With this fact established, three hundred children were moved from Theresienstadt to Prague and, on 13 August 1945, ten Stirling aircraft of 196 Squadron set off for Prague from the UK to collect the children and other passengers, in order to transport them to the Lake District.
According to immigration officials the first of the Stirling aircraft to arrive at Crosby on Eden from Prague touched down at 5.00pm on 14 August 1945.
From that moment onwards, other aircraft arrived at regular intervals until the final one touched down at 8.45pm. The aircraft carrying baggage was to arrive the following day.
The original plan of placing approximately sixteen children per aircraft and using a total of twenty-two planes for the entire transfer, rather than the final number of eleven, was due to hastening of the transport as bad weather began to close in on Prague after the 14 August.
Each group of children on each aeroplane was accompanied from Prague by between two and six adults per aircraft.
A series of buses was used to transport the children to Windermere, though towards the end army trucks had to be co-opted and the final passengers departed from the airfield at 10.30pm.
Eleven of the total of thirty-five adults who specifically accompanied the children were Polish and German, and had been brought to look after the children at the hostels. Twenty-two more adults on the flights were German, Czech and Polish people, who had come to join relatives in the UK. Interestingly, twelve of these people were over the age of fifty-five.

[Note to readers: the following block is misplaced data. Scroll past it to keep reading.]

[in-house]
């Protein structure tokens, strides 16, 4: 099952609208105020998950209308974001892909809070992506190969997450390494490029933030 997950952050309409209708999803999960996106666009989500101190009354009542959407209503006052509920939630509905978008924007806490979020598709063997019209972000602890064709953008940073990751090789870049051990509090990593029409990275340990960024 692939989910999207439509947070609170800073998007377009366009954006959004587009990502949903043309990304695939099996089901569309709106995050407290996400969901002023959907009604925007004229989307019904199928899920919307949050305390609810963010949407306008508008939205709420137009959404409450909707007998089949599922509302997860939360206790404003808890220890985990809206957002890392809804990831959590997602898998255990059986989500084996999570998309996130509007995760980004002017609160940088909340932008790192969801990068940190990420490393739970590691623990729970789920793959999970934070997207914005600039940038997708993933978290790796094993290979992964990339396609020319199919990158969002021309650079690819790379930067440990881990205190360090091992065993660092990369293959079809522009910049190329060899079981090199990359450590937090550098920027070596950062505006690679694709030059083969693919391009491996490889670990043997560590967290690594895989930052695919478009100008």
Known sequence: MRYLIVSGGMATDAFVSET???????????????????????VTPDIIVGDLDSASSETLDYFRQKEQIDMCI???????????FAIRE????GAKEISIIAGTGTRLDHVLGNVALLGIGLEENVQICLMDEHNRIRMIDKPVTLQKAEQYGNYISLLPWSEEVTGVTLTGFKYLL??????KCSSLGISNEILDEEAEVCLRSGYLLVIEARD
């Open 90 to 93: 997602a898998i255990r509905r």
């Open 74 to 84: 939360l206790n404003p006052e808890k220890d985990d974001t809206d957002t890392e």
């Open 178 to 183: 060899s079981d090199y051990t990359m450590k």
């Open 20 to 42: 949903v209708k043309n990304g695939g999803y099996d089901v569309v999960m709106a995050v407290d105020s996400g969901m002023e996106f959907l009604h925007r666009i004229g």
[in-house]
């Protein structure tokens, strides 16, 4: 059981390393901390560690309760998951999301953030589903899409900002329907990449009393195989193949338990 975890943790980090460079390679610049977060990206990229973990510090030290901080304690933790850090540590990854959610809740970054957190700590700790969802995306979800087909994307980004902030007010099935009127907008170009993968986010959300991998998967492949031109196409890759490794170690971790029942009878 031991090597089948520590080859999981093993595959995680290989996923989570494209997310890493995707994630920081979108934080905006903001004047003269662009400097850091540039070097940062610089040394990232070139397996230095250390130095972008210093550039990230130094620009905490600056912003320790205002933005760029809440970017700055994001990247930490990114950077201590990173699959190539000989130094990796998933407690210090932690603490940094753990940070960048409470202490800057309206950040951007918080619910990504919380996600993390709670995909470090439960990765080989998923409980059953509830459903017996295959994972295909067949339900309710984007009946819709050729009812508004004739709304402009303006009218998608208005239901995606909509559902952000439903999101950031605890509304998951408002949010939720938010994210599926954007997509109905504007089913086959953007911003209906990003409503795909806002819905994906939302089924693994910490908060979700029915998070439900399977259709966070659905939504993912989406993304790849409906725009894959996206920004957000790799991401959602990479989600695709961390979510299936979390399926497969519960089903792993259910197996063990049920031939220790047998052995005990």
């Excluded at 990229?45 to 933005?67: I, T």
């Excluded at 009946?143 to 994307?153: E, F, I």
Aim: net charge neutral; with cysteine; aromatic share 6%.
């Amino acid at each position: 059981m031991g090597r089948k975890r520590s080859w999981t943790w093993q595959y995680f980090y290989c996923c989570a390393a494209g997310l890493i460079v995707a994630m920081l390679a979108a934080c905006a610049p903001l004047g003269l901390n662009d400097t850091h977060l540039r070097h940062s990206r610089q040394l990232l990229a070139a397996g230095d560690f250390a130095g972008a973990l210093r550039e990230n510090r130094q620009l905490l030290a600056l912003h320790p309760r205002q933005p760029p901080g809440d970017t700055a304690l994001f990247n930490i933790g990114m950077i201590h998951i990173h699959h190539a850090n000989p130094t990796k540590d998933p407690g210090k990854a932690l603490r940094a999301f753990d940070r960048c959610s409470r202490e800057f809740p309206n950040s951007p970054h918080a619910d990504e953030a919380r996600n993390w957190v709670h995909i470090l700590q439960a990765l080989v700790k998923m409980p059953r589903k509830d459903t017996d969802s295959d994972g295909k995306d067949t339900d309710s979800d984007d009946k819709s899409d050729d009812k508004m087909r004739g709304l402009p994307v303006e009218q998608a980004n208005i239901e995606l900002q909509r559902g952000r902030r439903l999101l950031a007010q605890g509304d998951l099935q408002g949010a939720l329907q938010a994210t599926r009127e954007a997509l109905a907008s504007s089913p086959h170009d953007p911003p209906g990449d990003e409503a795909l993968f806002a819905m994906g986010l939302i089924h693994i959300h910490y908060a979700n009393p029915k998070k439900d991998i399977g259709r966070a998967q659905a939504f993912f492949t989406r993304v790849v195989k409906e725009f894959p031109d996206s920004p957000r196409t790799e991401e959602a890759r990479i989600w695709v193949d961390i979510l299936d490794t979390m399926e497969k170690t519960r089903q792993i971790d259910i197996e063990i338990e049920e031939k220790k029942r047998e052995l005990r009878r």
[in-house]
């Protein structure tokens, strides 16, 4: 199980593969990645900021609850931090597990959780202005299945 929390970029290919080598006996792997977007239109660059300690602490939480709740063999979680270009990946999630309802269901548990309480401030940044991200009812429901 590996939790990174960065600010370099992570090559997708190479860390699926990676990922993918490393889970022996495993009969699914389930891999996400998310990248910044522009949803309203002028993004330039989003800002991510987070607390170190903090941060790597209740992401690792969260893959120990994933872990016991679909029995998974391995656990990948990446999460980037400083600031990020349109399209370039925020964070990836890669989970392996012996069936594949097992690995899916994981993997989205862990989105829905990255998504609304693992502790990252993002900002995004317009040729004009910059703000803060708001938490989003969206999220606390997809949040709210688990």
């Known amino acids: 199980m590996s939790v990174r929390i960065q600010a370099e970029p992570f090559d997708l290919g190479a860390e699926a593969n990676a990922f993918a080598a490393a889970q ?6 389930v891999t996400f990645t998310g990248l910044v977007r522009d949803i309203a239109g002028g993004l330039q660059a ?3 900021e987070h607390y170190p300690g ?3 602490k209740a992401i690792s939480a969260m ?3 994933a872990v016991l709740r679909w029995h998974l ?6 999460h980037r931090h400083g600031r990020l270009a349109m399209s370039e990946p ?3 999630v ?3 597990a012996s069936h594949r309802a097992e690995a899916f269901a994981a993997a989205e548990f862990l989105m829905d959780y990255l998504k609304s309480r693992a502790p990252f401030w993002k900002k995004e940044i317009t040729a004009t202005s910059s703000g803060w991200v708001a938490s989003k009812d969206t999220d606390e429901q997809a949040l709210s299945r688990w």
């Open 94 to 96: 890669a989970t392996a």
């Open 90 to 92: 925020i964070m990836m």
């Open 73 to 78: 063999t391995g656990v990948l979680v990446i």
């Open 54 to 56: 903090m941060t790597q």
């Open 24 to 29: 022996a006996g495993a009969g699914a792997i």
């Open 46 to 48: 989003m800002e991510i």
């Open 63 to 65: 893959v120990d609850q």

A stowaway boy had been discovered on the 5.50pm arrival from Prague and he was immediately segregated for medical examination.
The immigration officer’s report concludes, “the behaviour of the children was exceptionally good, all instructions being immediately obeyed”.
The first UK home for the children who had flown from Prague was on the now ‘lost’ village of Calgarth Estate that stood at Troutbeck Bridge, about one mile from Windermere.
Calgarth Estate was a wartime housing scheme built for aircraft factory workers employed at nearby White Cross Bay. The estate had its own shops, canteen, entertainment hall and many other facilities.
The children were placed in what were the single workers accommodation hostels. They were each given their own small room, a bed and clean linen. For many it was their first encounter with privacy and cleanliness in five years.
The children were cared for by a supportive network, and were offered opportunities for sport, education, outdoor recreation and healthcare. Over a period of six months they were gradually moved to other homes in places throughout the UK, and they had left Calgarth Estate by early 1946.
The following photographs were discovered in an archive in 2009. They are photographs of the Jewish children taken at Calgarth Estate during their stay.
The photographer was Kurt Hutton, born Kurt Hübschmann (1893-1960), a German born photographer who came to Britain in 1934. He worked for Weekly Illustrated and became a staff photographer for the legendary weekly magazine Picture Post. He was one of the photographers who pioneered photo journalism in Britain.
These are some of the photographs that were taken by Kurt Hutton for Picture Post but were never published. Many of the youngsters who appear in these photos have subsequently been identified as being the Windermere Children.